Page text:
Midpoint – The pivotal action or moment of truth in the centre of the narrative that divides the story into two symmetrical halves. A good place for the classical reversal of fortune, which may coincide with a discovery or revelation.
Montage – Similar to a collage, this is a series of scene vignettes that are spliced together in order to economically get across some story information, often to indicate the passage of time, and sometimes to highlight juxtapositions.
Narrative Frame – When the story introduces a narrator figure who tells the bulk of the story to another character or to the audience, then one speaks of a narrative frame. Usually this technique involves beginning the story with a scene in which the situation of the telling of the main part of the story is established, and story ends with a final scene back in the narrative frame.
Pay-off – When a set-up, that is an act of foreshadowing, returns into the minds of the audience at a particular juncture of the plot, it is “paid off”. To be formally perfect, any particular pay-off takes place in the second half of the narrative in a corresponding position to the set-up in the first half.
Pinch Point – In the stricter sense and in a three act story, a minor turning point in the plot usually placed in the middle between the beginning of act 2 and the midpoint and between the midpoint and the end of act two.
Plot Point – In the stricter sense, the points in the narrative that mark the transition from one act into the next.
Premise – The word is sometimes used to cover theme or agenda, but more narrowly refers to exactly three items of information concerning the story: Protagonist, Setting and Problem. Considering the latter term “problem” the ambiguity continues, for the internal or external problem may be meant.
Reaction at Home – In myths the hero might return home after the adventure as a changed person, who may or may not be welcomed back into the fold.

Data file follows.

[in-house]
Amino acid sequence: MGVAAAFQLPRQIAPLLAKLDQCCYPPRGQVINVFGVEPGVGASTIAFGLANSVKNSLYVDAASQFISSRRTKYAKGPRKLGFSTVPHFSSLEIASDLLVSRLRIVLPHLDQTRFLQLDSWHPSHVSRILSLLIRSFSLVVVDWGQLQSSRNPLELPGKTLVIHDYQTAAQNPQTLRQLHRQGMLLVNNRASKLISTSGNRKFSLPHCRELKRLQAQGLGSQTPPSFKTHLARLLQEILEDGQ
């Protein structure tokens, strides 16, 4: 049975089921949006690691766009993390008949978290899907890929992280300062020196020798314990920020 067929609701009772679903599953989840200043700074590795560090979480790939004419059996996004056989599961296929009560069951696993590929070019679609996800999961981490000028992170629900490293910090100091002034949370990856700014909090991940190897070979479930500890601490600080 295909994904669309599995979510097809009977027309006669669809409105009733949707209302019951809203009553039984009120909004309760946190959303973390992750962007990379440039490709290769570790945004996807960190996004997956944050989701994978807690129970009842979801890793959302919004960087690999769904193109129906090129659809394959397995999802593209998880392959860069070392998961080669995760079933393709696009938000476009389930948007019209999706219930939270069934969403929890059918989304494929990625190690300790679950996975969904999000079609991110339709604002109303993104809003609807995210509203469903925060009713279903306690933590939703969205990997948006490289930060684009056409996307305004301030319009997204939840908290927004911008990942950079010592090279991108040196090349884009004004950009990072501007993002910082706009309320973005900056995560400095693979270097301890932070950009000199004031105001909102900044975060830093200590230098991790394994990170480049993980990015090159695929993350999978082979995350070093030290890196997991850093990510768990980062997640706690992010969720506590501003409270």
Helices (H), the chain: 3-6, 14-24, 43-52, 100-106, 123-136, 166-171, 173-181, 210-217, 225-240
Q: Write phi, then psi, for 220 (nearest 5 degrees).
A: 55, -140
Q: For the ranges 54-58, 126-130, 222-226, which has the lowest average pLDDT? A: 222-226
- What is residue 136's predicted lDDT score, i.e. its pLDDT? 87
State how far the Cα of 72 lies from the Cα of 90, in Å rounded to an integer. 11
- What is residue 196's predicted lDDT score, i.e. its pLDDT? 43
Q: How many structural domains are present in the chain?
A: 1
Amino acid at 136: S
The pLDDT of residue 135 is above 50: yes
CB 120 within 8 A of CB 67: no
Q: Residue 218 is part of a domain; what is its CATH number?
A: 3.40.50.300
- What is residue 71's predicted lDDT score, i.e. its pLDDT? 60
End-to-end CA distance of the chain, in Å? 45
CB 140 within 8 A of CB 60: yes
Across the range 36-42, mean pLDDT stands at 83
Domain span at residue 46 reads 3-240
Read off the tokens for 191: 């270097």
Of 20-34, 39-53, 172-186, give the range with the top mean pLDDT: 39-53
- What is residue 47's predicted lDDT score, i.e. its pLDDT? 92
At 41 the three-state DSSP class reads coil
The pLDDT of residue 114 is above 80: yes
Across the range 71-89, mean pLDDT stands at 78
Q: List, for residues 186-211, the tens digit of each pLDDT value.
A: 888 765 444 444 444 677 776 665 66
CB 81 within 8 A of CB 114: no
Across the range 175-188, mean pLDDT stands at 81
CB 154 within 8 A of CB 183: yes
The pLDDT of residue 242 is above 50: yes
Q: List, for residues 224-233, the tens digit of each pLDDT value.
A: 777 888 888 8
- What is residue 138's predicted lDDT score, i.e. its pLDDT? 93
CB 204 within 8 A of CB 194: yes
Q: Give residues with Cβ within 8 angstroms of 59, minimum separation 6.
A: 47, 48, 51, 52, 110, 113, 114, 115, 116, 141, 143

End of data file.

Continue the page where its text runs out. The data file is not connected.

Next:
Red Herring – An item of information placed into the story to deliberately mislead the audience into believing something about the plot or a character which will later be revealed to be untrue. A device used mainly in mystery and crime stories.
Resolution – The end outcome of the story, the mirror image of the ordinary world established at the beginning of the narrative, now incorporating the changes to this world and/or the main characters. The resolution is effectively the synthesis of the thesis of act 1 merged with the antithesis of act 2.
Return Home – In mythology, after the final confrontation the hero must yet journey home, to the “ordinary world” shown at the beginning of the narrative.
Reveal – The moment when some relevant backstory information is revealed to the audience, changing their perception of the story. Not to be confused with a revelation.
Revelation – The moment when the audience, and often also a character, understands a fundamental point about the theme of the story. Classically, a revelation or discovery can also be a point at which the protagonist realises his or her reversal of fortune.
Reversal of fortune – since a story is about change, many stories show the transition from one state to its opposite. Classically the hero’s fortunes change from good to bad. So there is an implied midpoint in the transition. However, this point does not necessarily have to coincide with the midpoint of the narrative.
Set-up – Foreshadowing is one of the most powerful ways to create an emotional effect in the audience. Any item of story information that is strategically placed by the author to be initially not recognized for its significance (which will be revealed later in the narrative) is a set-up. See pay-off.
Storyline – a plot in the sense of a strand of plot, often relating to one of the major characters. A subplot.
Theme – Some authors like to articulate the theme they have determined by putting it into the mouths of one of their characters. So there might be a scene which has the function of expressing explicitly what the author feels the main theme of the story to be.
This list of dramaturgical terms is by no means exhaustive, which is why in the Beemgee tool you can add your own terms to the list and assign them to your plot events.
Photo by Cristiano Remo on Flickr